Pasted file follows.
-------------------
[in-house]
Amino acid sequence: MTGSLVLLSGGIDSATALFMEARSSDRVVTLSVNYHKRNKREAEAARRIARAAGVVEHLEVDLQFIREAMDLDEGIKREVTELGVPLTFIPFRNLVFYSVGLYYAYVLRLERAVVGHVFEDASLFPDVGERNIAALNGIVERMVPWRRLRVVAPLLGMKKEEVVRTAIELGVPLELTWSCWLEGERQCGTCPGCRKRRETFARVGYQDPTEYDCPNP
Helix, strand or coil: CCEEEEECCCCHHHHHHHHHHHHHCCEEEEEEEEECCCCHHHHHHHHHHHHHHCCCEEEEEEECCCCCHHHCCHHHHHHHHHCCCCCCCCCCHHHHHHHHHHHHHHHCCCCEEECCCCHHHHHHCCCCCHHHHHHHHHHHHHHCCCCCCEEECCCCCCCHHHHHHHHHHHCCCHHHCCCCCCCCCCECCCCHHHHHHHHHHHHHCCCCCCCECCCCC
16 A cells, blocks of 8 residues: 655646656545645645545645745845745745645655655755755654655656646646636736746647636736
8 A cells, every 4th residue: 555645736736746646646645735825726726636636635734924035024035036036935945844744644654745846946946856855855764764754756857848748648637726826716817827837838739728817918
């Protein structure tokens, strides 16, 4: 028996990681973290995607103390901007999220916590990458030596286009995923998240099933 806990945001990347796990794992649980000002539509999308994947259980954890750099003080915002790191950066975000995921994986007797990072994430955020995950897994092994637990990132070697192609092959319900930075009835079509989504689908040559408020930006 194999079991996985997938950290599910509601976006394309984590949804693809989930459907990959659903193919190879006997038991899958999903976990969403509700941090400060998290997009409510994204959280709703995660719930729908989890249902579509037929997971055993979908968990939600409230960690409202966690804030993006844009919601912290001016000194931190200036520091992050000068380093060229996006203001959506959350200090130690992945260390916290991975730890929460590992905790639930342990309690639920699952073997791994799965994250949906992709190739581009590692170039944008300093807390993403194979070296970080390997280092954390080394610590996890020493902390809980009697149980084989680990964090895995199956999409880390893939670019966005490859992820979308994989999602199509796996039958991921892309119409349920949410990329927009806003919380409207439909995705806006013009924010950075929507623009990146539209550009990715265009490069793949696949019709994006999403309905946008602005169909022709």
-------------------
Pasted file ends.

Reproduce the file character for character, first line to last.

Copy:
[in-house]
Amino acid sequence: MTGSLVLLSGGIDSATALFMEARSSDRVVTLSVNYHKRNKREAEAARRIARAAGVVEHLEVDLQFIREAMDLDEGIKREVTELGVPLTFIPFRNLVFYSVGLYYAYVLRLERAVVGHVFEDASLFPDVGERNIAALNGIVERMVPWRRLRVVAPLLGMKKEEVVRTAIELGVPLELTWSCWLEGERQCGTCPGCRKRRETFARVGYQDPTEYDCPNP
Helix, strand or coil: CCEEEEECCCCHHHHHHHHHHHHHCCEEEEEEEEECCCCHHHHHHHHHHHHHHCCCEEEEEEECCCCCHHHCCHHHHHHHHHCCCCCCCCCCHHHHHHHHHHHHHHHCCCCEEECCCCHHHHHHCCCCCHHHHHHHHHHHHHHCCCCCCEEECCCCCCCHHHHHHHHHHHCCCHHHCCCCCCCCCCECCCCHHHHHHHHHHHHHCCCCCCCECCCCC
16 A cells, blocks of 8 residues: 655646656545645645545645745845745745645655655755755654655656646646636736746647636736
8 A cells, every 4th residue: 555645736736746646646645735825726726636636635734924035024035036036935945844744644654745846946946856855855764764754756857848748648637726826716817827837838739728817918
């Protein structure tokens, strides 16, 4: 028996990681973290995607103390901007999220916590990458030596286009995923998240099933 806990945001990347796990794992649980000002539509999308994947259980954890750099003080915002790191950066975000995921994986007797990072994430955020995950897994092994637990990132070697192609092959319900930075009835079509989504689908040559408020930006 194999079991996985997938950290599910509601976006394309984590949804693809989930459907990959659903193919190879006997038991899958999903976990969403509700941090400060998290997009409510994204959280709703995660719930729908989890249902579509037929997971055993979908968990939600409230960690409202966690804030993006844009919601912290001016000194931190200036520091992050000068380093060229996006203001959506959350200090130690992945260390916290991975730890929460590992905790639930342990309690639920699952073997791994799965994250949906992709190739581009590692170039944008300093807390993403194979070296970080390997280092954390080394610590996890020493902390809980009697149980084989680990964090895995199956999409880390893939670019966005490859992820979308994989999602199509796996039958991921892309119409349920949410990329927009806003919380409207439909995705806006013009924010950075929507623009990146539209550009990715265009490069793949696949019709994006999403309905946008602005169909022709």